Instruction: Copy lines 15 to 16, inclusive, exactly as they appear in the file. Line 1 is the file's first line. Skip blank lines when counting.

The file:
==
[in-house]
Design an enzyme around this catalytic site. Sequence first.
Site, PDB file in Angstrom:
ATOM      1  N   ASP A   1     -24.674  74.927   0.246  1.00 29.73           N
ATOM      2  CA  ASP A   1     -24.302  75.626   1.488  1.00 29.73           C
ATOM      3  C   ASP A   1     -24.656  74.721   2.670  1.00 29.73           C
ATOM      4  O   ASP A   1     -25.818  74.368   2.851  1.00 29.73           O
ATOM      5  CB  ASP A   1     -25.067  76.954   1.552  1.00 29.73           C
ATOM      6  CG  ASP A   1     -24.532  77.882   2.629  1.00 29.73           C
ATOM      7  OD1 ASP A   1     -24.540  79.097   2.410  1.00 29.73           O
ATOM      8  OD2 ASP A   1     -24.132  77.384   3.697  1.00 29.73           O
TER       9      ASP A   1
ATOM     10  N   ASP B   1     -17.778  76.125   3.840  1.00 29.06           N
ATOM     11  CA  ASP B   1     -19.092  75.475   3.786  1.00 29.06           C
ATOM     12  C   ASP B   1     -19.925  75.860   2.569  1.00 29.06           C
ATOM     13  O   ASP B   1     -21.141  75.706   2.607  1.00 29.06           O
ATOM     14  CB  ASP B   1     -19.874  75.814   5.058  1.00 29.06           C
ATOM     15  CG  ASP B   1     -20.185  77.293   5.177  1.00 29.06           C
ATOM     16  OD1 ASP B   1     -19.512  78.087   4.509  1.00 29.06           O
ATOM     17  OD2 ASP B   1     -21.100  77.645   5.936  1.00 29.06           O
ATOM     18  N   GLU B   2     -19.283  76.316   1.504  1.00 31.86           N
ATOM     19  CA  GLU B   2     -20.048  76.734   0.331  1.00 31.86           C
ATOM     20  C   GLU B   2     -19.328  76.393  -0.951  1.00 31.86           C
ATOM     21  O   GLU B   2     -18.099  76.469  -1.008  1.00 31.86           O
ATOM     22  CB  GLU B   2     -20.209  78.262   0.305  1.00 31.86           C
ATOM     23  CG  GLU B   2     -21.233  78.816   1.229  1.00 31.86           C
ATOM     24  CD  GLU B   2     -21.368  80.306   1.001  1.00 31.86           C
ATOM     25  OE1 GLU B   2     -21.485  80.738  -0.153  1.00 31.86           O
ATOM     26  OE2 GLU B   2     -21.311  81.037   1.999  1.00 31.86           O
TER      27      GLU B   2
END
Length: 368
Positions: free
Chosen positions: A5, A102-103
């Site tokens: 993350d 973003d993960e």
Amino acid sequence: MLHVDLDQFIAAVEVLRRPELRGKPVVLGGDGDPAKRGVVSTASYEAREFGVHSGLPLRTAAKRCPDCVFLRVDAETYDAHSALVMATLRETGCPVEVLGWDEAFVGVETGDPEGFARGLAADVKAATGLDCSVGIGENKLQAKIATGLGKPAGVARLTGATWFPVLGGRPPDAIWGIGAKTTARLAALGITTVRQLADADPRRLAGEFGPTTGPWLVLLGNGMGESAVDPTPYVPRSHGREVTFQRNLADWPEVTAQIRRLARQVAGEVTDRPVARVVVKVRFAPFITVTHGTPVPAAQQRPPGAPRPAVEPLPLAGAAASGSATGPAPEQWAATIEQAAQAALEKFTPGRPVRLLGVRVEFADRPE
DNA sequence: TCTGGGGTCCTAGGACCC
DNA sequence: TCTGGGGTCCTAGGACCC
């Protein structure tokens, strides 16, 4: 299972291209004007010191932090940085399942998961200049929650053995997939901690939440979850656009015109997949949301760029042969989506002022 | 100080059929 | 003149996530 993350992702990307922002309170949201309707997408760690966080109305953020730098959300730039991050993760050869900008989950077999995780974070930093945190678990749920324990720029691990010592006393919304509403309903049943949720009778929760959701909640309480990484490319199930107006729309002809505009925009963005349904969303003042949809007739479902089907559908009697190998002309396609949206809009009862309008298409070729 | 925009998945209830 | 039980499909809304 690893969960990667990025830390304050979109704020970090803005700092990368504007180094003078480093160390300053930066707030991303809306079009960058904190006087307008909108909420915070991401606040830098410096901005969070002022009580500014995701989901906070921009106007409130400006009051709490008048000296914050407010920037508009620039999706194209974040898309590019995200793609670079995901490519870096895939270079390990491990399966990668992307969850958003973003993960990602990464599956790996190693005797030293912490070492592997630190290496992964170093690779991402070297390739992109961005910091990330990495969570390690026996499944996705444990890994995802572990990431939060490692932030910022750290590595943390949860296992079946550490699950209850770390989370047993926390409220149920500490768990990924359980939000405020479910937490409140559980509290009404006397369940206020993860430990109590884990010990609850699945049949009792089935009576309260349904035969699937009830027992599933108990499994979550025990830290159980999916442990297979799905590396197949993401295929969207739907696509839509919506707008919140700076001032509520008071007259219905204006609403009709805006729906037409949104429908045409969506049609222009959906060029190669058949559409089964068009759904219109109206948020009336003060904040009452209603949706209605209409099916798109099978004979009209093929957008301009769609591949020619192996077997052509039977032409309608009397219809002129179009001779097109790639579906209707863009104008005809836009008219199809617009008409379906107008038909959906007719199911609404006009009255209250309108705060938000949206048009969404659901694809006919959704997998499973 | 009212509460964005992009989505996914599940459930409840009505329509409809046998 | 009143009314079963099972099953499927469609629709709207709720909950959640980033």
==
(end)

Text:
ATOM     12  C   ASP B   1     -19.925  75.860   2.569  1.00 29.06           C
ATOM     13  O   ASP B   1     -21.141  75.706   2.607  1.00 29.06           O